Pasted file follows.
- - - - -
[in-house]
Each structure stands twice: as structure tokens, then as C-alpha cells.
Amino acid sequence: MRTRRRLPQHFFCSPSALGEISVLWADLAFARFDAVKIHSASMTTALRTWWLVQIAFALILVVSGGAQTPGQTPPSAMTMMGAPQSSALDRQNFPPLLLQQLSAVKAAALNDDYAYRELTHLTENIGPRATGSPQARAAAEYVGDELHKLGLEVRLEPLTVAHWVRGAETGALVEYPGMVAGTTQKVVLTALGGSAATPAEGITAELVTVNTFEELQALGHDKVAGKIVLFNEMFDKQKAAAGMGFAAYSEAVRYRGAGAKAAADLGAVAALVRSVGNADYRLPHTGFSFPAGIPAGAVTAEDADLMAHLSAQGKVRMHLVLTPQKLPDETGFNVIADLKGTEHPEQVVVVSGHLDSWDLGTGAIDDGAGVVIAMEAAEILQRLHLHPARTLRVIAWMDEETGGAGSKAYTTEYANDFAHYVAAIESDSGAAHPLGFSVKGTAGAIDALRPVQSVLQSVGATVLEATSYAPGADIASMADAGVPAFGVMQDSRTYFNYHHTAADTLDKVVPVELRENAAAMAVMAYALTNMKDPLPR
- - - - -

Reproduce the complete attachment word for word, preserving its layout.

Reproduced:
[in-house]
Each structure stands twice: as structure tokens, then as C-alpha cells.
Amino acid sequence: MRTRRRLPQHFFCSPSALGEISVLWADLAFARFDAVKIHSASMTTALRTWWLVQIAFALILVVSGGAQTPGQTPPSAMTMMGAPQSSALDRQNFPPLLLQQLSAVKAAALNDDYAYRELTHLTENIGPRATGSPQARAAAEYVGDELHKLGLEVRLEPLTVAHWVRGAETGALVEYPGMVAGTTQKVVLTALGGSAATPAEGITAELVTVNTFEELQALGHDKVAGKIVLFNEMFDKQKAAAGMGFAAYSEAVRYRGAGAKAAADLGAVAALVRSVGNADYRLPHTGFSFPAGIPAGAVTAEDADLMAHLSAQGKVRMHLVLTPQKLPDETGFNVIADLKGTEHPEQVVVVSGHLDSWDLGTGAIDDGAGVVIAMEAAEILQRLHLHPARTLRVIAWMDEETGGAGSKAYTTEYANDFAHYVAAIESDSGAAHPLGFSVKGTAGAIDALRPVQSVLQSVGATVLEATSYAPGADIASMADAGVPAFGVMQDSRTYFNYHHTAADTLDKVVPVELRENAAAMAVMAYALTNMKDPLPR